Wednesday, March 2, 2011
It's easy to be a heretic
My little rant for the day: It irks the snot out of me when folks conclude that adoptees and original mothers have no right to think critically about adoption. It's indicative once again of how others often view first moms and adoptees in a condescending and patronizing way, completely ignoring the emotional and social complexities of our situations. Even more maddening is when it's our own fellow adoptees and first moms that do this.
The above "rant" was inspired by an insightful observation (and the discussion that ensued in the comments section) made by Ashleigh at her blog, Not Just A Birth Mom. Ashleigh wrote:
People recommend that you do not separate a puppy from it's mother for at least six weeks.... This is for the overall physical and emotional health of the mother and the puppy..... So why is it that when it comes to human infant adoption, we try to remove the babe from its mother as he is drawing his first breath? Why is it that we can't extend the same courtesy to a MOTHER and her CHILD that we do to a DOG? Just a thought.
One of the readers, another birth mom ironically enough, responded to Ashleigh's observation with the following:
I used to have quite a bit of respect for you. Now I am finding your posts to be frustrating. You are sitting here bashing on the same thing you did TWICE! If you didn't support it why did you carry the same thing out twice?? Just wondering.
First of all, Ashleigh was not bashing adoption, but rather offering an honest and valid inquiry. Second of all, why does her status as a "birth mom" prohibit her from thinking critically about the practice of adoption? Again, it's the whole, what I call, "gratitude gospel of adoption." Adoptees and birth moms if not completely neglected in the first place are resigned to only being allowed to feel nothing but gratitude and unequivocal warm fuzzies for adoption. Anything else is treated as heresy. But the "plight" of adoptive parents is generally met not only with understanding and compassion but is also lauded as a noble, living martyrdom.
I'm not bashing adoptive parents nor am I saying that they've got it easy. Being an adoptive parent certainly comes with its own set of issues. But I've said it before, and I'll say it again--the current status quo is one that favors and upholds adoptive parents as the unquestionable heroes while it ignores, at best, and demeans, at worst, adult adoptees and original moms that question past and current adoption practices.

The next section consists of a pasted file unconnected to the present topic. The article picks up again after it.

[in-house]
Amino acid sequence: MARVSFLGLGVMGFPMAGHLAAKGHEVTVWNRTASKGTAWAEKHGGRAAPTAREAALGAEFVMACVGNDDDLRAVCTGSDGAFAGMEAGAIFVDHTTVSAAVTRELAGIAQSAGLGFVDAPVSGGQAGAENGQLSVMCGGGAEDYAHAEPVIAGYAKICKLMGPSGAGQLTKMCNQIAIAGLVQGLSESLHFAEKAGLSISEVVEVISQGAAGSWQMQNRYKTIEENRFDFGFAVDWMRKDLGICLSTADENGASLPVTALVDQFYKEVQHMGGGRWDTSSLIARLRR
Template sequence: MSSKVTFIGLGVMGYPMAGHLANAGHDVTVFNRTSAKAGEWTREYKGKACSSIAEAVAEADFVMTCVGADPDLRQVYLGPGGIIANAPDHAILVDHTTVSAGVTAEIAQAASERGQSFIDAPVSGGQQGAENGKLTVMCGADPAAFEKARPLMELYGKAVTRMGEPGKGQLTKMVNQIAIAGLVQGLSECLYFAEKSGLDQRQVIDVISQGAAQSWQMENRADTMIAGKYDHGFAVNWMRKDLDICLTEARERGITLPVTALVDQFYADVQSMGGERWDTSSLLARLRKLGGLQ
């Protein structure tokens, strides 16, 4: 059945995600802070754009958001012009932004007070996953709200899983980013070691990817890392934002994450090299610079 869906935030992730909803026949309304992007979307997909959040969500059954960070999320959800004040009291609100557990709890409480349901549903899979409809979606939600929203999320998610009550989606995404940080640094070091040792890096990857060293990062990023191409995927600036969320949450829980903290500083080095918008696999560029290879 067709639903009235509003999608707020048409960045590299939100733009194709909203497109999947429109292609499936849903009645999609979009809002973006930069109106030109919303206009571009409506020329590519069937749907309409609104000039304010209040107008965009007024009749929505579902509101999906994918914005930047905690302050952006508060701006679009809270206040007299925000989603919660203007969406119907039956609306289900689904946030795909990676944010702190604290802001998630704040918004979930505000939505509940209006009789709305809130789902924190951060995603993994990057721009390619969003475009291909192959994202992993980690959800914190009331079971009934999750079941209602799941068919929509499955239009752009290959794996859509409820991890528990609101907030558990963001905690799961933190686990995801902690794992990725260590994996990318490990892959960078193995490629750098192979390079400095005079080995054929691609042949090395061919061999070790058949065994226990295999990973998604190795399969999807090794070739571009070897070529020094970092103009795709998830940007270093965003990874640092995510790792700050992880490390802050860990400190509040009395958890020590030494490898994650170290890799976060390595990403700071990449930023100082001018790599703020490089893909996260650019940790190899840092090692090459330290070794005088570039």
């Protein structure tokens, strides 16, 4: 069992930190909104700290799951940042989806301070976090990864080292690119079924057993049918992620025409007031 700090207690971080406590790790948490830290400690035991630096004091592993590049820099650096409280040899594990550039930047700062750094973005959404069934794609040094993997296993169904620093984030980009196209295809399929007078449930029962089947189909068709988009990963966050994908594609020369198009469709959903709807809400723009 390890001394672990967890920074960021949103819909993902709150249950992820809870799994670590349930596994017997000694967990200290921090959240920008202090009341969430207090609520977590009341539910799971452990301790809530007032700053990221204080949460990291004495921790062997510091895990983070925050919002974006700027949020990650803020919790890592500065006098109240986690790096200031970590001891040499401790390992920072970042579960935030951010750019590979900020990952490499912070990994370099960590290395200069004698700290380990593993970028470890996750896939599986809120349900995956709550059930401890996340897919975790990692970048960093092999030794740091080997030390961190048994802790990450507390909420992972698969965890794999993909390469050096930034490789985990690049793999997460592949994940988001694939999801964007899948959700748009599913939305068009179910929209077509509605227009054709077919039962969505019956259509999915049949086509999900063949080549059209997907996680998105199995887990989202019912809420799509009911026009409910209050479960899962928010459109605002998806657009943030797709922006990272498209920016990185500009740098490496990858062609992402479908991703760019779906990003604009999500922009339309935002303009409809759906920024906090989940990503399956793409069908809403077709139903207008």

As I stated in response to the referenced reader's comment:
Lordy, people, there's nothing wrong with healthy, constructive criticism or asking questions based on honest observation. And the last time I checked nothing in this world is perfect, especially the practice of adoption.
My adoption situation is good overall but that doesn't mean I don't have a right to analyze and criticize it honestly, not to be a poopyhead, but for the sake of reform and positive change...
Thank you, Ashleigh for making this observation. It's a very insightful point. If we show a mother dog & her babies that much consideration & sensitivity, it stands to reason we should show even more to our fellow human beings.
And as Amanda (The Declassified Adoptee) responded, "What in the world is wrong with what she [Ashleigh] wrote? Why is it so heinous to discuss what might be healthier for mother and child that might not be currently suggested and respected in adoption."
Exactly, Amanda, what's so heretical about wanting to consider what might be best for a mother and her child? Apparently, everything BUT a mother giving her child up to be raised by a set of complete strangers.
Now, if that's not irony, I don't know what is.